15 September 1829 – Twentieth Entry

from William Campbell’s journal…with the slave Archer Alexander…moving from Virginia to Missouri,,,
Hard rain in the morning. Very wet. Proceeded to Flemingsburg, a flourishing town of about 1,000 persons. It has a large proportion of well built brick houses. Saw a cotton factory, on a small scale. Encamped at Sulphur Spring one mile from Flemingsburg… read more

13 September 1829 – Eighteenth Entry

from the journal of William Campbell of Lexington, Virginia…with a slave named Archer… It being Sunday we laid by to rest man and horses, Rain in the morning. Crossed the river in a skiff and took a walk in the great free State of Ohio. Campbell has halted the caravan in the small town of Vanceburg, Kentucy as it is the County Seat of Lewis County. Its raining and the group needs rest, Campbell wants to attend church.
read more….

12 September 1829 – Seventeenth Entry

Today’s entry describes a recent uprising against a slave trader named Gorden, that had occurred nearly three weeks earlier. His partner Petit, and his wagon driver named Allen had been killed. Six slaves were to be hung for their murder. This is the same road that Campbell and thousands of other families are using to travel to Missouri. The incident would also make the newspapers as far away as Philadelphia ten days after the event.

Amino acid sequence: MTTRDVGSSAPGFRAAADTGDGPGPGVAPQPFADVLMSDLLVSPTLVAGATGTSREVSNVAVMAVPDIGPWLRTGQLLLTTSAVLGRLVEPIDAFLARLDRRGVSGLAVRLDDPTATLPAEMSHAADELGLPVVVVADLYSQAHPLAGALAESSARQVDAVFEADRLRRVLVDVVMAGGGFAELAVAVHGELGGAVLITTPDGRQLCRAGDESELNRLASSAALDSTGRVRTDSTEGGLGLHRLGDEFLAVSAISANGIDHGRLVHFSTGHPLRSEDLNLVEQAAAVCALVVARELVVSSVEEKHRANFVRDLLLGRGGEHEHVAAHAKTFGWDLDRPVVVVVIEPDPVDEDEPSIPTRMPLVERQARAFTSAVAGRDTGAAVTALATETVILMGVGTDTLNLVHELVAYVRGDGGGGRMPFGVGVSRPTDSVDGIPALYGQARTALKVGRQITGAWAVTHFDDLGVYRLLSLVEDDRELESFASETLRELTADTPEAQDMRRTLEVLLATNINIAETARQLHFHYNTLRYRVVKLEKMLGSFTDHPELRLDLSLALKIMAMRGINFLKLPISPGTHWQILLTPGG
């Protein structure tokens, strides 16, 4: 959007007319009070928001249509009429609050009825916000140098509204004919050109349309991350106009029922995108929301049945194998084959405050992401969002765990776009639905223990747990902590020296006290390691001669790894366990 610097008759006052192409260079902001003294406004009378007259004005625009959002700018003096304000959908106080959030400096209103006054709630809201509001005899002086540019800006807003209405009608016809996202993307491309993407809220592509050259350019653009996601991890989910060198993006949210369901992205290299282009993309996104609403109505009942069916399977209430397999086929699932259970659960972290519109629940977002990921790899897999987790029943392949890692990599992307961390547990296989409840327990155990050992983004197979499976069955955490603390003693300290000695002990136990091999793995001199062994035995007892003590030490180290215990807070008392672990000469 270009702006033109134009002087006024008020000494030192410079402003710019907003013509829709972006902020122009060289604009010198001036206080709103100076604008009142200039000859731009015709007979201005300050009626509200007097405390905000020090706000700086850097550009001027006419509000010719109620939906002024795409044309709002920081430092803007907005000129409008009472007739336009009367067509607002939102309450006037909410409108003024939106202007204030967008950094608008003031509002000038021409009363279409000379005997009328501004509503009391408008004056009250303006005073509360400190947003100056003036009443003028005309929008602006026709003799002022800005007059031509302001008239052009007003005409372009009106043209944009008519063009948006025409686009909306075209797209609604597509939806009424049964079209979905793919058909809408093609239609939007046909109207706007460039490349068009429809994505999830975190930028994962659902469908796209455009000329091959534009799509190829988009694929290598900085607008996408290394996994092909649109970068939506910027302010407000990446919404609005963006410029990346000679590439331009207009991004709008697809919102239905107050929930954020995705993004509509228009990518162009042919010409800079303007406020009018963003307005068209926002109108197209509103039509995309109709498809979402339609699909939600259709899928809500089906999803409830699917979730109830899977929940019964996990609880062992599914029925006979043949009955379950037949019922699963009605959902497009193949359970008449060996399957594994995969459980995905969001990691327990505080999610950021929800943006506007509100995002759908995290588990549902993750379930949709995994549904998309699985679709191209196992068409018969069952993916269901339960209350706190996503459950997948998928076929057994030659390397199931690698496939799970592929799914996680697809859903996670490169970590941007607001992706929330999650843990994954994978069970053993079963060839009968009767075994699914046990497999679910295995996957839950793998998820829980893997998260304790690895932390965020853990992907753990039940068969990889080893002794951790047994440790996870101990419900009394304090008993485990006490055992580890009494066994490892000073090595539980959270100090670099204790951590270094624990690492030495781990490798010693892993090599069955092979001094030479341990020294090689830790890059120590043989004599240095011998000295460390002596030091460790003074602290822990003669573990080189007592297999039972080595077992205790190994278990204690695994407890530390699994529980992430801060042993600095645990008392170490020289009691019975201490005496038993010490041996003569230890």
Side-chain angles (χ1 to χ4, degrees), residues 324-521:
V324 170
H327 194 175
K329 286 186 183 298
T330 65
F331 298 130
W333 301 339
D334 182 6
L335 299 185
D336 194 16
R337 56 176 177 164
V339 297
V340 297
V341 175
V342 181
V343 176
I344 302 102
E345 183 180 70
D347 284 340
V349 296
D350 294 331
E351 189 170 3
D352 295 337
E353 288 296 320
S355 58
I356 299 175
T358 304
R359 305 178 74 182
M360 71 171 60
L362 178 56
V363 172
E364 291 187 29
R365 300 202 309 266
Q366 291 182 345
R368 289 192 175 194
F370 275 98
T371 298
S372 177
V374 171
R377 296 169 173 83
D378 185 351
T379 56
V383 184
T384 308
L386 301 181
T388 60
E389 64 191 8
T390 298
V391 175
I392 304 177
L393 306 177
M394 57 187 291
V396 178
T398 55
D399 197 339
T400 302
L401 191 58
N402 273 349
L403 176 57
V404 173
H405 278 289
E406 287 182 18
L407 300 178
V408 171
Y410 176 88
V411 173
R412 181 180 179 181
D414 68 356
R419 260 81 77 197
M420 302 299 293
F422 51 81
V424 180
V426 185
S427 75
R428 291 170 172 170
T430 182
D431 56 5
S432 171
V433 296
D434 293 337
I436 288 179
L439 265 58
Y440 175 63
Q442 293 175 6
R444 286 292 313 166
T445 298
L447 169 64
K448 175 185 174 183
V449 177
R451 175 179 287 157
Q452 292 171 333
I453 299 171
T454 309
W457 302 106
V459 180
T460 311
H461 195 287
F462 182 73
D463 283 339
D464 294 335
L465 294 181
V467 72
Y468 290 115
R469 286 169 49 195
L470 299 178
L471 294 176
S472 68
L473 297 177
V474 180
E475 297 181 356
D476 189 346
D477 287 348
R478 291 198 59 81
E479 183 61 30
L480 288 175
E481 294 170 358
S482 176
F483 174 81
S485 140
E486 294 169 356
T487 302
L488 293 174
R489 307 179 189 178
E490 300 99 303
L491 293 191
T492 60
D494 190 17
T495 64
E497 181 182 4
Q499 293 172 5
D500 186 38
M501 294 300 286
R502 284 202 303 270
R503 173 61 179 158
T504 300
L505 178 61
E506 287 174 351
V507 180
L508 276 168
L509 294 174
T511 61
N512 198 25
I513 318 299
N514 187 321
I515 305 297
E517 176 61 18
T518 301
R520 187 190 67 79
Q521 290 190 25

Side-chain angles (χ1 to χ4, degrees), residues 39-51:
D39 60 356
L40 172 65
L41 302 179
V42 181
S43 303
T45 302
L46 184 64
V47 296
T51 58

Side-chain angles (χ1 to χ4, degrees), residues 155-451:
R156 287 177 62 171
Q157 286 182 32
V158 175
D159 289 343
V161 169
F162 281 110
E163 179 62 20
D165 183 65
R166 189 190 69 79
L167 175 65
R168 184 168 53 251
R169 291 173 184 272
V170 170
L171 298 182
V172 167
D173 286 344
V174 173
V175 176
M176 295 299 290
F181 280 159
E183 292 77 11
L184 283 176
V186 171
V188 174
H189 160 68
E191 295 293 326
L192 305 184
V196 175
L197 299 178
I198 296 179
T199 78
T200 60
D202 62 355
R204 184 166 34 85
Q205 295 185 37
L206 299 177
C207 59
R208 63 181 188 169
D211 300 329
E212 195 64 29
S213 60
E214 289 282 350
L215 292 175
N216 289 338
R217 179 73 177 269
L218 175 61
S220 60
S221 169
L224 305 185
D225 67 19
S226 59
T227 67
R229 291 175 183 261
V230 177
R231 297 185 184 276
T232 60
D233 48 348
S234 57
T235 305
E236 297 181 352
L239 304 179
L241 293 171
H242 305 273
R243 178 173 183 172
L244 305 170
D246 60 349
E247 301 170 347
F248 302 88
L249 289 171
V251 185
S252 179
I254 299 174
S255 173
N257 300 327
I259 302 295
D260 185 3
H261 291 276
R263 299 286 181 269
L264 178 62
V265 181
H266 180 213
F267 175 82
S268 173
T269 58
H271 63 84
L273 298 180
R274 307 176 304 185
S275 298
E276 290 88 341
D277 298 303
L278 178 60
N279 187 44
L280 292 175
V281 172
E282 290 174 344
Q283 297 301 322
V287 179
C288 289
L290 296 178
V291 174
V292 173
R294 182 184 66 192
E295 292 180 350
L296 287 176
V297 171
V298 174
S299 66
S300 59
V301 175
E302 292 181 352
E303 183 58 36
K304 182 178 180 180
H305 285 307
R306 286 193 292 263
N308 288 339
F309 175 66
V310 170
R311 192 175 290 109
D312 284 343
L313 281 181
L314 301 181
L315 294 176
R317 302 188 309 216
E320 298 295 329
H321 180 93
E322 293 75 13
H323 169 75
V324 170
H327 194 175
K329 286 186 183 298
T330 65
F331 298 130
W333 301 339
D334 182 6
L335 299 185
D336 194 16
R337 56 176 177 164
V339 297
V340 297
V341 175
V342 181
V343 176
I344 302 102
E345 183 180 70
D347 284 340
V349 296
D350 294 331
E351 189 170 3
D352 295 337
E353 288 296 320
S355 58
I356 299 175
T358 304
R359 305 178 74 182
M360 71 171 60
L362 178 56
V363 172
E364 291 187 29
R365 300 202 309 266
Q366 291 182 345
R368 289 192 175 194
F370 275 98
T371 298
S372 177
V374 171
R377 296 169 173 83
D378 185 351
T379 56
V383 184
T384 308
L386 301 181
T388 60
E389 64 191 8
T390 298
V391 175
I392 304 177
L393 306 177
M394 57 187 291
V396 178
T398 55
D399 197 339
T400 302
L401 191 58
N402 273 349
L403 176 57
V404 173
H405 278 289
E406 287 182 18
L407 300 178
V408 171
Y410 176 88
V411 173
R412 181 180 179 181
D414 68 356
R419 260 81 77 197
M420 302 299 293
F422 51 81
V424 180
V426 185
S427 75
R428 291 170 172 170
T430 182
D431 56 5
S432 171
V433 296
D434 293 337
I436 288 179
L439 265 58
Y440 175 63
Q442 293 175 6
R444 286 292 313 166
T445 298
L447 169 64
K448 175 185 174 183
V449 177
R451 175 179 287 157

9 September 1829 – Fourteenth Entry

This is the journal entry of William Campbell who was born in Rockbridge County, Virginia, and kept a journal the fall of 1829 as he and four other families: Alexander, McCluer, Wilson and Icenhower moved to Dardenne township, in Saint Charles County Missouri. This entry shares the roads, rivers and villages they encountered. What it doesn’t share is the voices of the enslaved people, that we now know includes Archer, that are also part of this journey from Virginia to Missouri…